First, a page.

Do screencasts suffer without footage of the lecturer?

If you have looked at a few of my screencasts, you will be aware that I am currently recording only the laptop screen, without including any footage of myself waving my arms around.
Now, the laptop I am using has has its own built-in webcam, and Camtasia offers me various options when it comes to screen capture. It may be possible to include footage of myself with my screencasts. Would this make my screencasts/videos more appealing?
I think that it would be impractical for me to edit together two video streams after each class, so I would be looking for a solution that was easy to arrange while lecturing. For example, one possibility might be to use the standard screen capture method, but to have a small window open showing the webcam picture. At suitable points, I could bring the webcam image to the front, and it would then be captured by the standard screen-capture system. I may well experiment with this.
Does anyone have any views on this?
Joel
January 9 2010

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23 responses to “Do screencasts suffer without footage of the lecturer?

  1. I think it would make them more appealing. It gets kind of tedious to watch the screencast and only hear your voice – at least that’s my experience, my mind always starts to wander after a while. A video would probably make it easier to steady the attention.

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  2. OK, I have investigated the “inbuilt webcam” approach, and that is not going to work. When I reach out with the tablet pen towards the tablet screen, the webcam shows a scary image of a huge hand and pen coming straight towards you! My next attempt will be with an external webcam.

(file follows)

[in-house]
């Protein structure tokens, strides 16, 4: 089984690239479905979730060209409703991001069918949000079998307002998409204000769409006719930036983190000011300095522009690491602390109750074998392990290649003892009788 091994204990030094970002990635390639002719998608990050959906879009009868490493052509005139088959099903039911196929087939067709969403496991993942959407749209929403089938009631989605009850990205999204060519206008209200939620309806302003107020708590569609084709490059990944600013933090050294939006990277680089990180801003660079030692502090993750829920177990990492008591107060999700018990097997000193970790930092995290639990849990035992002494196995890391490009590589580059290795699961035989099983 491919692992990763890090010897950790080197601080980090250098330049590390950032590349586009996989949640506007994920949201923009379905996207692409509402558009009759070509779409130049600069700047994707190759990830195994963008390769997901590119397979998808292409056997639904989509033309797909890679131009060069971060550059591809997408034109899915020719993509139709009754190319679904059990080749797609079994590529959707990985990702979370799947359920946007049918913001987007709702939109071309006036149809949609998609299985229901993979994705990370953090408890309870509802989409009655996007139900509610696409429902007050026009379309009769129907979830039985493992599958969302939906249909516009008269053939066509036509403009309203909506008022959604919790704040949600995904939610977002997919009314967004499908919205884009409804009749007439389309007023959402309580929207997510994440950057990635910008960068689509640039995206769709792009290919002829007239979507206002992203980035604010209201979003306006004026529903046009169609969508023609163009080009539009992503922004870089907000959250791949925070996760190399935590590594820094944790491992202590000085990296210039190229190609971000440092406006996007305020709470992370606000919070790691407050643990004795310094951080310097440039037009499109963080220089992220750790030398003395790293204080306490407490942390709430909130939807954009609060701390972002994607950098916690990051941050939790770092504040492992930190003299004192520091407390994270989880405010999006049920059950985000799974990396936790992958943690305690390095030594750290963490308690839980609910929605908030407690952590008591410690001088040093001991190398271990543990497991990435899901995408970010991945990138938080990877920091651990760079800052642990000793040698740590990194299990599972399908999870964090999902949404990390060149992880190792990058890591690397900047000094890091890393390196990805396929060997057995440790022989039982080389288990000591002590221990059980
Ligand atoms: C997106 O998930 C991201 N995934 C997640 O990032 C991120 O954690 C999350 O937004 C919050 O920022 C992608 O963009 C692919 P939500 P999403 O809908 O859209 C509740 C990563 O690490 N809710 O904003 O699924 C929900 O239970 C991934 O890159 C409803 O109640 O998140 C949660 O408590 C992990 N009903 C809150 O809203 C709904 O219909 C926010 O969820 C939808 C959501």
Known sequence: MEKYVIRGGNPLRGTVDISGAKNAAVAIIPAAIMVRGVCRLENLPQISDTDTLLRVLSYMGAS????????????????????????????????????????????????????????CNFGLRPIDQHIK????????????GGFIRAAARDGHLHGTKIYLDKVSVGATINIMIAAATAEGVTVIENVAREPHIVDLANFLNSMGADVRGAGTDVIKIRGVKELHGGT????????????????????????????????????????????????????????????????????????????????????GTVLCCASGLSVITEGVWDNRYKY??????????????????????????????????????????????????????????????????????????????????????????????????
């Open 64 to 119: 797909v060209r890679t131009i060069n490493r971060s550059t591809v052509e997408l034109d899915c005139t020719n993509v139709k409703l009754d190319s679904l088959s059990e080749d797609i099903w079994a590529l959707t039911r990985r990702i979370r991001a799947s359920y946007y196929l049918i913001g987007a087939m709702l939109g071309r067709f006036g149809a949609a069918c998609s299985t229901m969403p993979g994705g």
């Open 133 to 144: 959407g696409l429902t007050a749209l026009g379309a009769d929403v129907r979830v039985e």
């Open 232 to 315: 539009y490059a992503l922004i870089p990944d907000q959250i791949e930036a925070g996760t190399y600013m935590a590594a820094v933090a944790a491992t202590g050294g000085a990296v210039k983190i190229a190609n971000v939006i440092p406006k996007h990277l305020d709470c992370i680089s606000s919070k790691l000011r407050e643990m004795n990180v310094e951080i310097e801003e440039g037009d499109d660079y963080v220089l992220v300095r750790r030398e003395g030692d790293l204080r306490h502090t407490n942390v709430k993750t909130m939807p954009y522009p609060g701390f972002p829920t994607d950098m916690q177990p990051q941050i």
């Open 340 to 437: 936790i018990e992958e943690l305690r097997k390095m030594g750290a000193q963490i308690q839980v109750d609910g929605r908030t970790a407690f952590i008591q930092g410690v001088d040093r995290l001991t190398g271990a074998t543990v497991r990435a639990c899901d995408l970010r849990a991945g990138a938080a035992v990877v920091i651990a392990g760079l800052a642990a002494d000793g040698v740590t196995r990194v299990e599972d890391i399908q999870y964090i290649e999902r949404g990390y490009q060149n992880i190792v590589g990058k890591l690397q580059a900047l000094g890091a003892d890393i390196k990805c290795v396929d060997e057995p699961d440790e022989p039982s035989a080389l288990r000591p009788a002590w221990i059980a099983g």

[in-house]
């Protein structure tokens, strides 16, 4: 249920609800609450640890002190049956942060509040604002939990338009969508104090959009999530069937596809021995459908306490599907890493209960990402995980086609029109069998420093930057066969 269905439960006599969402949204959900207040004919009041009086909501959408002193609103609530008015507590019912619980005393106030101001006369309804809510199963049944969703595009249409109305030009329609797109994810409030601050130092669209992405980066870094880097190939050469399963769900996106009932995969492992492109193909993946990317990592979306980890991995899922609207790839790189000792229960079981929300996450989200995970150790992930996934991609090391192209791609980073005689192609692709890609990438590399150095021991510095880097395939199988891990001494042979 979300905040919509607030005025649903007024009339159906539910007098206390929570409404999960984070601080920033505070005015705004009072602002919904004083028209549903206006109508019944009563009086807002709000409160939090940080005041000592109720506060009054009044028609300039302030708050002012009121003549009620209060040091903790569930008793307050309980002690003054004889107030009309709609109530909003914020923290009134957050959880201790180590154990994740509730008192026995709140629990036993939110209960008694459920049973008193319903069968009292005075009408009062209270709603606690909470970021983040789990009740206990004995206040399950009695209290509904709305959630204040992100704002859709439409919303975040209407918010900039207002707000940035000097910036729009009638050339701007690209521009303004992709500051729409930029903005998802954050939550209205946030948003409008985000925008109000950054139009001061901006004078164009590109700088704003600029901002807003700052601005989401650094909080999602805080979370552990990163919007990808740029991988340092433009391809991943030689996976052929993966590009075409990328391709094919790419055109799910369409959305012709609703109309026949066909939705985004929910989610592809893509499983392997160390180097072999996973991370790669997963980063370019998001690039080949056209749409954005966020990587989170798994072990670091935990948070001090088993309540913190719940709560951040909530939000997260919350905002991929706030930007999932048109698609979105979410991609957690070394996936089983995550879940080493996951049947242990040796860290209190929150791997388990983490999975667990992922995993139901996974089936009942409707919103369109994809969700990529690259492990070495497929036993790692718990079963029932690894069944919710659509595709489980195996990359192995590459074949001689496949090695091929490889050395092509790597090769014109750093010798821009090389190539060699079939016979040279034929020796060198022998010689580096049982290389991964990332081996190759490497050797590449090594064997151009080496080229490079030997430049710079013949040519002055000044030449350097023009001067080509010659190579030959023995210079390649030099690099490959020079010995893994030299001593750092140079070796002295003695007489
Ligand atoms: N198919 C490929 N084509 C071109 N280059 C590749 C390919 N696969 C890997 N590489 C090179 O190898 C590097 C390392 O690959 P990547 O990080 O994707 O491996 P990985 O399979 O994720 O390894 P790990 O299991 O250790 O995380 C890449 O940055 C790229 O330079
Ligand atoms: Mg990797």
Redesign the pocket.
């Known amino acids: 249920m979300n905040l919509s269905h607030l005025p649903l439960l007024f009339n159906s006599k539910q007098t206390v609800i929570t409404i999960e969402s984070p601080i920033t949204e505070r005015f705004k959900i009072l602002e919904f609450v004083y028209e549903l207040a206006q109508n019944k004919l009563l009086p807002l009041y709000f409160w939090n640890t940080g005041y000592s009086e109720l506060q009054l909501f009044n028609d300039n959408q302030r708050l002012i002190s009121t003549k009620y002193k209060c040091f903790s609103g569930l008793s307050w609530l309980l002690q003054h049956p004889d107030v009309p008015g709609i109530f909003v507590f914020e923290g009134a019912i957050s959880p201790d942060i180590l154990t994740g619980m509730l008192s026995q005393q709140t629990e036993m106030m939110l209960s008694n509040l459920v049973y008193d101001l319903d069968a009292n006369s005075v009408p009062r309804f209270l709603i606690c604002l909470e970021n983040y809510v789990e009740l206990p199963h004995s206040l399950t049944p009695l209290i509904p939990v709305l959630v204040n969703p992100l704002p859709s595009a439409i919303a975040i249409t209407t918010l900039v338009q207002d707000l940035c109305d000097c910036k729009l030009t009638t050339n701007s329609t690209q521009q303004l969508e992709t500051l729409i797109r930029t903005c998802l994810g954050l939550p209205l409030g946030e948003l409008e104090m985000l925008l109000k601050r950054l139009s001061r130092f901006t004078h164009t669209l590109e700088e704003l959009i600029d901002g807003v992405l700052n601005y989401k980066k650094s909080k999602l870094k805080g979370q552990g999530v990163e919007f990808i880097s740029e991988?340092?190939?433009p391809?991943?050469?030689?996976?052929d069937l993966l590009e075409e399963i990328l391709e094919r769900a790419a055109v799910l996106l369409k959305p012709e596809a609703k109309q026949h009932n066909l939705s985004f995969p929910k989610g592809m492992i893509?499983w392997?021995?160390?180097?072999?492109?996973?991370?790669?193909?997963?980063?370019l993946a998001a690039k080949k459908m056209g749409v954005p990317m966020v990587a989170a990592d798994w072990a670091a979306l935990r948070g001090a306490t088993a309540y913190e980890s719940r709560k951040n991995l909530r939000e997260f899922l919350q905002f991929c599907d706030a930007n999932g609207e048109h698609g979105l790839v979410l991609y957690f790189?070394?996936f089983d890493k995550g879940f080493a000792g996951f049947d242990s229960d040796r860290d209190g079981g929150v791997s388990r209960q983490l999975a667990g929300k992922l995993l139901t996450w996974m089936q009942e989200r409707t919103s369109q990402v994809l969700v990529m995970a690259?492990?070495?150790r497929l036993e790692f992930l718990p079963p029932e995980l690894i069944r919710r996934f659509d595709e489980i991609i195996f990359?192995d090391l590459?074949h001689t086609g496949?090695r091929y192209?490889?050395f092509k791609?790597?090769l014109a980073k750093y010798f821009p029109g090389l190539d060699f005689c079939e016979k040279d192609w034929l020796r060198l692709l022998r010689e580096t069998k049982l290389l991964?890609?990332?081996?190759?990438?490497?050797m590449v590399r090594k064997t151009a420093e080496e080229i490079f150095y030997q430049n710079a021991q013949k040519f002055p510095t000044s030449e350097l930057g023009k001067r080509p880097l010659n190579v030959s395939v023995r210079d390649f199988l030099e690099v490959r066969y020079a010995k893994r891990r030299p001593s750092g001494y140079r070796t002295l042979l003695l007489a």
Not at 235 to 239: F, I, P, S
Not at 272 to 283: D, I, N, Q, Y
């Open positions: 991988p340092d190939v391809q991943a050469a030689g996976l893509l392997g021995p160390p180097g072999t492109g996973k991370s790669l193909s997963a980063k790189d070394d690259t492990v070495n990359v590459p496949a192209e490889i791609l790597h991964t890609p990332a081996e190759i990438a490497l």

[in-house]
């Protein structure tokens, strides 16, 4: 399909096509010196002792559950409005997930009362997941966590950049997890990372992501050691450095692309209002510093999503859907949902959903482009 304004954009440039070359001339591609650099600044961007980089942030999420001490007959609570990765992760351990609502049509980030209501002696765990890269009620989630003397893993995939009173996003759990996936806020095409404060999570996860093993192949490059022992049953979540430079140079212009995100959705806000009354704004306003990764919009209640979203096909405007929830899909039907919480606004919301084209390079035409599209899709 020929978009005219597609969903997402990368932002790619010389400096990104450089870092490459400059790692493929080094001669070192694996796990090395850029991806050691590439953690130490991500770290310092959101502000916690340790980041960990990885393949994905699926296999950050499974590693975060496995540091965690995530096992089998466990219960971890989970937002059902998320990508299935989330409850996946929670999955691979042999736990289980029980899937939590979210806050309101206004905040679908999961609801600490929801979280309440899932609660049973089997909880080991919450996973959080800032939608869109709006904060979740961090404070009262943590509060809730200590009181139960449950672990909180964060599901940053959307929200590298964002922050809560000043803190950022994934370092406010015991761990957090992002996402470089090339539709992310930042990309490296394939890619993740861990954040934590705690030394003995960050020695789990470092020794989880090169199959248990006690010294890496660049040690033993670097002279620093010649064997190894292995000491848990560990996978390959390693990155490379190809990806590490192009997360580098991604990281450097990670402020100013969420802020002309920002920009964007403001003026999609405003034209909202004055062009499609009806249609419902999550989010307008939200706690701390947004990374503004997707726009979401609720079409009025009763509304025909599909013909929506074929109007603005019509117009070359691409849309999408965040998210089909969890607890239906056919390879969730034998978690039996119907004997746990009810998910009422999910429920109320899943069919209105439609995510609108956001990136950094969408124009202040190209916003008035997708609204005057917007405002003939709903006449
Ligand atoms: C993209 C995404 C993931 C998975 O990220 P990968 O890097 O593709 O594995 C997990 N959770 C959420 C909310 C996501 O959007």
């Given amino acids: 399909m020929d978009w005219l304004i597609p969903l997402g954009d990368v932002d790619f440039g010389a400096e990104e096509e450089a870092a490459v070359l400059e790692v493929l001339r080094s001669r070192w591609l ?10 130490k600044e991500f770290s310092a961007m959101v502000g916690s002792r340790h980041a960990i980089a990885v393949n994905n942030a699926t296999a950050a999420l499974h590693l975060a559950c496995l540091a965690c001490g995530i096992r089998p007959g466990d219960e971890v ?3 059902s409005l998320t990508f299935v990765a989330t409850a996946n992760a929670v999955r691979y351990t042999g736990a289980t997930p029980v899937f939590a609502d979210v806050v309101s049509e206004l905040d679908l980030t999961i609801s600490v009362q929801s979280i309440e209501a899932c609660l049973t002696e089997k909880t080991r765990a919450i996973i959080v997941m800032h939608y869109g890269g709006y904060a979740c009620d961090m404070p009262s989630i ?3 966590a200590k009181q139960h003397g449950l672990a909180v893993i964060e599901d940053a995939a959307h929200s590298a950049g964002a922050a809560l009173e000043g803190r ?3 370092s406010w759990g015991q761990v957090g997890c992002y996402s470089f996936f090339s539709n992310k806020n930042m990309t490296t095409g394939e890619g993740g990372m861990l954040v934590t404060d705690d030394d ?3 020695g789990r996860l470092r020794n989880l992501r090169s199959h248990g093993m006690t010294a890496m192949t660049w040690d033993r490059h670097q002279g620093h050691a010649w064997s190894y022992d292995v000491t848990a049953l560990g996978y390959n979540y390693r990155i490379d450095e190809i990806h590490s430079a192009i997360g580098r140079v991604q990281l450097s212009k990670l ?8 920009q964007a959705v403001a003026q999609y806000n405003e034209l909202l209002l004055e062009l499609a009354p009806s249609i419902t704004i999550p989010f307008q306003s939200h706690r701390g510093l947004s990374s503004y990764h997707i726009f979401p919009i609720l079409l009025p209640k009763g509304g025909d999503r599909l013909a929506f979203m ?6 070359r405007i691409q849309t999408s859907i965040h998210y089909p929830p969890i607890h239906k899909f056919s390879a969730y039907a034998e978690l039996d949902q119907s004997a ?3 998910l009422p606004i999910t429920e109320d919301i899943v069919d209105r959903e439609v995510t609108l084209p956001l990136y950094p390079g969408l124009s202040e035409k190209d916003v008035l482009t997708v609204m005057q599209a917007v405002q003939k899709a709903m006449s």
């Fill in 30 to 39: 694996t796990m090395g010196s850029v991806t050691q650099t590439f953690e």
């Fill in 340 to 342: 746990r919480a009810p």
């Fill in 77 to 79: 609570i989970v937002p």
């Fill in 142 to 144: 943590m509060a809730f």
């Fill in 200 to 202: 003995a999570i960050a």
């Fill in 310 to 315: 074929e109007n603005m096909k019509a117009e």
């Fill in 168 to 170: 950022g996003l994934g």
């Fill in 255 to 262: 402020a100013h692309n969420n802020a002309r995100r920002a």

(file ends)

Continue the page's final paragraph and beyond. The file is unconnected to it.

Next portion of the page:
Watch this space for developments!
    Joel
    January 11 2010

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  3. Using an external webcam (suitably positioned) looks promising. Now I need to determine the best settings to use at all stages (again!).
    Currently I am looking at the official tutorial page at http://www.techsmith.com/learn/camtasia/6/edit/pip.asp
    (PIP stands for Picture-in-Picture).
    It may be best simply to record both video streams using Camtasia, and then to display the results either with the webcam picture showing small in one corner, or with the two videos side by side. Clearly this will require experimentation.
    Joel
    January 11 2010

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  4. The side-by-side option produced by Camtasia looks quite good, but is not ideal for uploading to YouTube: as far as I can see you end up with two separate mp4 files, only one of which has sound. It may be that there are other options here, but that is as far as I have got so far.
    Putting the PIP in one corner of the video may be a good system … but what if it blocks some important part of the material? With the default Camtasia system, you don’t see the webcam picture on the screen during screen capture. Indeed you can decide the dimensions and positioning of the PIP later, and even turn it off and on for certain sections. However, I am trying to minimize the amount of post-recording editing required. So perhaps I should go back to my original idea, and NOT let Camtasia record the second stream at all: just access the webcam directly, display the image on the screen (when I want to), and let the Camtasia screen capture do the work.
    More experimentation is required!
    Joel
    January 12 2010

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  5. Possibly, if it was easy, it would be best to have a side-by-side version showing the two videos, but with everything combined into one mp4 file. I don’t know how to do this yet (see the previous comment for what I have obtained so far).
    As my next experiment, I will go for Picture in Picture (PIP) using a fairly small picture at the bottom right of the screen. I will then try to avoid writing there or displaying there anything that I am currently talking about. To help remind me about this, I have added in a margin rule at 175mm in from the left to my default windows journal note page.